NPR

Sci-Fi Show 'The Expanse' Preps Us For The Future

What is most remarkable about The Expanse, even into Season 2, is its realism; more than any other TV space-themed show, it gets the science right, says astrophysicist Adam Frank.
A scene from The Expanse, which takes place 200 years in the future when humanity has settled Mars, the asteroid belt and the moons of the giant planets. Source: NBCUniversal

The great jazz saxophonist Branford Marsalis once told an interviewer: "There's only freedom in structure, my man. There's no freedom in freedom."

He meant that when an artist chooses to work within the structure of something like a sonata or a three-act play, their creativity can actually be heightened. Constraints, ironically, can lead to freedom. And what's true of music and theater is equally true of fiction, as we are seeing in the second season of SyFy's epic series The Expanse.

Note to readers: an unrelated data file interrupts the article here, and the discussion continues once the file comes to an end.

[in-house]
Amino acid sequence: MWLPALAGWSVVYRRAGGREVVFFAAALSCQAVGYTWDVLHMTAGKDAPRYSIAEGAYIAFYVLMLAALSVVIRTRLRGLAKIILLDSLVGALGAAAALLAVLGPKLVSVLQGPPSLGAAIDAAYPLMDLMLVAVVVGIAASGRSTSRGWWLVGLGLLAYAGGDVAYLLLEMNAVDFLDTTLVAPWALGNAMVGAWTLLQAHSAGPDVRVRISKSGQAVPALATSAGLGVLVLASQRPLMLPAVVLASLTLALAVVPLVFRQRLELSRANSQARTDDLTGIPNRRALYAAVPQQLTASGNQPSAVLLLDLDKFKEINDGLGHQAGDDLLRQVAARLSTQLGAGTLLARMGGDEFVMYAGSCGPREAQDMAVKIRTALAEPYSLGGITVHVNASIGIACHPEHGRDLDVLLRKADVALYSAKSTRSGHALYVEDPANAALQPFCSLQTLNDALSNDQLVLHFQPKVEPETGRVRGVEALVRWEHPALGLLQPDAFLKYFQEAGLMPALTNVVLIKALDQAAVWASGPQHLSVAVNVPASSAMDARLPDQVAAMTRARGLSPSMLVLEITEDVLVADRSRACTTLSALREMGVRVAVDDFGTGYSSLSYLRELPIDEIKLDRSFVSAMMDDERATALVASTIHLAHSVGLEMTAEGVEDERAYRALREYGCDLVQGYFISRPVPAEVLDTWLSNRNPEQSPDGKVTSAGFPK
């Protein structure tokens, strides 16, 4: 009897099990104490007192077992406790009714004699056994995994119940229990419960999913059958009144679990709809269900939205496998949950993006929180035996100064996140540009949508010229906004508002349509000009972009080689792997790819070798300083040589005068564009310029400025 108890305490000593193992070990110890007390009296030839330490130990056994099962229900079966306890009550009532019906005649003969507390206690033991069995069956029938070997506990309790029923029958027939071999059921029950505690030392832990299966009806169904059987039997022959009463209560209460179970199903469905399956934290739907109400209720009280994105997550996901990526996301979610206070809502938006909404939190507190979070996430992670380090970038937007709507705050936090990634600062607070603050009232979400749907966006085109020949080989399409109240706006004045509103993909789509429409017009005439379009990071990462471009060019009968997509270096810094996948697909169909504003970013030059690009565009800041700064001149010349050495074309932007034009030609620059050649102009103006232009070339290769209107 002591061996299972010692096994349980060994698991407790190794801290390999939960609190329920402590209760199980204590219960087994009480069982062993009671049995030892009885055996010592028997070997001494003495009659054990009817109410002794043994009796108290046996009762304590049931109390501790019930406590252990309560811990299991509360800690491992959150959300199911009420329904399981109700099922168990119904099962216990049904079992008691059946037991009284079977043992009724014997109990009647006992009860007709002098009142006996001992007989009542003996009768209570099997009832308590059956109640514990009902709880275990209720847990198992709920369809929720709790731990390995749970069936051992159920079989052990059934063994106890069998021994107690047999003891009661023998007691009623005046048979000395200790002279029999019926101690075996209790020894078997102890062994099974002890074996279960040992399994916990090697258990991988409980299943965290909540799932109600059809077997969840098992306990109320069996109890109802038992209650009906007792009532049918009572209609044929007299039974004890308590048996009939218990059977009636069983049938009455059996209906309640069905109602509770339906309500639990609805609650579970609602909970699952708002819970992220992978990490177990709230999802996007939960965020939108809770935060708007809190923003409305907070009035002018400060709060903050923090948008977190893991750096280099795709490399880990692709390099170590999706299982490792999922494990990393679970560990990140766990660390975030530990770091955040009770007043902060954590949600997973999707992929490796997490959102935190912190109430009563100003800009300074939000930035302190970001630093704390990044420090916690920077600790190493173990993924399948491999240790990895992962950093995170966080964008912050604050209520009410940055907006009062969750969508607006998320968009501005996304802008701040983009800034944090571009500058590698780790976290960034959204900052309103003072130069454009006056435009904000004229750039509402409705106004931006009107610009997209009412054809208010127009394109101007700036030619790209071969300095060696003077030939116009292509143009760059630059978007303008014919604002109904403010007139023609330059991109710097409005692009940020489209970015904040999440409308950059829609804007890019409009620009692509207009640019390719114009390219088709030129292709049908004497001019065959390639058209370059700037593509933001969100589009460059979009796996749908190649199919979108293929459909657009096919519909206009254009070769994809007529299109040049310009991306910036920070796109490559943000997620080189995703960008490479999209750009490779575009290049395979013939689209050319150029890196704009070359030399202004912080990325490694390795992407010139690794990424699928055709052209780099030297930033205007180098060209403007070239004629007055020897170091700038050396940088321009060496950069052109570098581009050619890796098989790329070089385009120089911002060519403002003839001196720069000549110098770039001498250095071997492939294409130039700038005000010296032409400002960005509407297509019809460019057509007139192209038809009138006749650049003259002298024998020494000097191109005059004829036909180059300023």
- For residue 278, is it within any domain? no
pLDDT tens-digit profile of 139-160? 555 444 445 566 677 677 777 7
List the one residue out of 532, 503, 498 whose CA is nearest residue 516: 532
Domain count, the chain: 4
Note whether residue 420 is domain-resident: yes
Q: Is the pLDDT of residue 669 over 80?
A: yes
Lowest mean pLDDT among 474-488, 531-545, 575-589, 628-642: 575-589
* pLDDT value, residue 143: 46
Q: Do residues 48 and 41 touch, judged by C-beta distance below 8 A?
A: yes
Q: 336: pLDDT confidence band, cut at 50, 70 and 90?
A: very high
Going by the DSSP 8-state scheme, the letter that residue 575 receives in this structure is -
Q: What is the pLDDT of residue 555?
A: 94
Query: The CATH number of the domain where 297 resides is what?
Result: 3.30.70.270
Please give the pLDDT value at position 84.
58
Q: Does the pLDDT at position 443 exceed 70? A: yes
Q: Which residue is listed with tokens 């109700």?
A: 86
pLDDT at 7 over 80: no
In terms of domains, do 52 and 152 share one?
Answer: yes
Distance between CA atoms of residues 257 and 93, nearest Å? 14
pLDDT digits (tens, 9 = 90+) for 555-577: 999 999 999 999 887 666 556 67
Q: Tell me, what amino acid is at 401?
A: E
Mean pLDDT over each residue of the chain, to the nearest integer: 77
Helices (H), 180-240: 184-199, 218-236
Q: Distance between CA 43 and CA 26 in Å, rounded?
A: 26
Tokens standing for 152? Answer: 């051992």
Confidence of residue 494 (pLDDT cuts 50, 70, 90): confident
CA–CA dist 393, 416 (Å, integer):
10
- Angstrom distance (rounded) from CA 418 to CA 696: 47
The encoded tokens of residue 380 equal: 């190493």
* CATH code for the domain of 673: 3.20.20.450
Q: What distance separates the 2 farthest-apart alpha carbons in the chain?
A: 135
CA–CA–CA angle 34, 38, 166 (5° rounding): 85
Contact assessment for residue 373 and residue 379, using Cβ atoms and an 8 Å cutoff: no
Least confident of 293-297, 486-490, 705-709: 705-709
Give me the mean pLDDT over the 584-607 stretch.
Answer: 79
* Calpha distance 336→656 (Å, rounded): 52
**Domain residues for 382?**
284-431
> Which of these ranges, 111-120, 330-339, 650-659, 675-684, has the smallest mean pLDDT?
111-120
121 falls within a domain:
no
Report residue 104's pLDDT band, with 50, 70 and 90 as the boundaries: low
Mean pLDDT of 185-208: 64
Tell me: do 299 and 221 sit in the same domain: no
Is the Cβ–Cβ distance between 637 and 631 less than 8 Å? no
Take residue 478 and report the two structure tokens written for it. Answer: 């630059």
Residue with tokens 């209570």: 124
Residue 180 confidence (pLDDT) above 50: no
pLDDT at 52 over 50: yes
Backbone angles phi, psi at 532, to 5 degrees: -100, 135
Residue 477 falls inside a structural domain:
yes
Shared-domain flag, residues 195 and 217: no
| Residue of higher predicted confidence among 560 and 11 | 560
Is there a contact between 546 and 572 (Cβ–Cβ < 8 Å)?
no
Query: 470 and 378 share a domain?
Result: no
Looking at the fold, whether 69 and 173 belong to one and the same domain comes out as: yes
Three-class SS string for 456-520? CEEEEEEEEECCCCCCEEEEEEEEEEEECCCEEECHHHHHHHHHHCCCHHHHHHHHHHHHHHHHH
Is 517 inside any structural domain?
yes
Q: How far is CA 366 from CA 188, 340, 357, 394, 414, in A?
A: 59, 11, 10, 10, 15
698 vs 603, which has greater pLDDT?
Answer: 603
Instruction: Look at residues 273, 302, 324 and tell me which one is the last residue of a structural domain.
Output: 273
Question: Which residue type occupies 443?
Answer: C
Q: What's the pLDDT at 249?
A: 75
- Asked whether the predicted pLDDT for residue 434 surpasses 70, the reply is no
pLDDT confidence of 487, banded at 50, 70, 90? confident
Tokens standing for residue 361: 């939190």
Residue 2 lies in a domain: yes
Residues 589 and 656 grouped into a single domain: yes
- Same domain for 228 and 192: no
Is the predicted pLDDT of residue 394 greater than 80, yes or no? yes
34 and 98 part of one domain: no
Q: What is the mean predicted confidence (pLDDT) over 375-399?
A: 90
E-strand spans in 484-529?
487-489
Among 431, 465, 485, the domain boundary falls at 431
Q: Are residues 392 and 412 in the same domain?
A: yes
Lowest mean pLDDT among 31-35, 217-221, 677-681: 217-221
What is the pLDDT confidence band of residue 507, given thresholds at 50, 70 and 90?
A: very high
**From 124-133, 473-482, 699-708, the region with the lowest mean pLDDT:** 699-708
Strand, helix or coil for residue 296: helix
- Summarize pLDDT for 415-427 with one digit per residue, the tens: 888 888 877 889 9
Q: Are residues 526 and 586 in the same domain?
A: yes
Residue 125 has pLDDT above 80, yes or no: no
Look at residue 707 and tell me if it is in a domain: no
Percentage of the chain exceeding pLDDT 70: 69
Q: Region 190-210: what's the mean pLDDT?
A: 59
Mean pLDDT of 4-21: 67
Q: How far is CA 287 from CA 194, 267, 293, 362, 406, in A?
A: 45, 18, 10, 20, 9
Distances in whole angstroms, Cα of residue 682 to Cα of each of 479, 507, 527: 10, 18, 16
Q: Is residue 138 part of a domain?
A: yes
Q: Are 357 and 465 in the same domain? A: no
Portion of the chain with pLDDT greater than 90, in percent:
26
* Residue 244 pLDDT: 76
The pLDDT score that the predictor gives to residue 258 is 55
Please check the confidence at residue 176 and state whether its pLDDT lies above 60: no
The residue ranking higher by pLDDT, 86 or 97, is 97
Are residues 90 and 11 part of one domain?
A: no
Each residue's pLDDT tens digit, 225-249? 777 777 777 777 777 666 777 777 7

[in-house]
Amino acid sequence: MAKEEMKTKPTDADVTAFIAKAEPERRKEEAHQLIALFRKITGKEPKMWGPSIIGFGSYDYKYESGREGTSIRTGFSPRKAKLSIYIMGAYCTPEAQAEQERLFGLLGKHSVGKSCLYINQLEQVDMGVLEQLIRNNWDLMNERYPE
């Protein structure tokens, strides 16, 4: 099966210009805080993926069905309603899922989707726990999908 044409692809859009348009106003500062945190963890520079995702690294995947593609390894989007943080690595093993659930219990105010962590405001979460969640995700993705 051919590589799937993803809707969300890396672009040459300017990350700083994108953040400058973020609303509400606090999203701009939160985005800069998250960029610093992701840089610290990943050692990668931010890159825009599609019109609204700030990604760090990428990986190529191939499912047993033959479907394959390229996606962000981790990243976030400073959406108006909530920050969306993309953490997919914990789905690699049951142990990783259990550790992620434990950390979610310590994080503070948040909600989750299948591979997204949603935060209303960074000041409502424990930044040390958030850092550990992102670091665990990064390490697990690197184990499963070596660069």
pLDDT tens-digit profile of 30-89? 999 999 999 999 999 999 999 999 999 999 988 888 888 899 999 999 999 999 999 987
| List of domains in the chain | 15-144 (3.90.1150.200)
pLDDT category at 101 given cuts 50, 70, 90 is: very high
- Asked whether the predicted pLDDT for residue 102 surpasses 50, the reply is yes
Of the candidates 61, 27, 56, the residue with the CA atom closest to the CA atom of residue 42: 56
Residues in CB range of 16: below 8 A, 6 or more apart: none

Last year, I wrote two pieces on Season 1 of the Expanse. The first came before the show aired and was my plea to show runners not to screw-up my favorite science-fiction book series. The second came after the season was well underway, and I happily reported the show was nothing short of the best science-fiction show in a decade.

I am, once again, happy to say the new season is just as good — and getting better.

While there are moments of uneven pacing, overall The Expanse continues to build a story as wide as the

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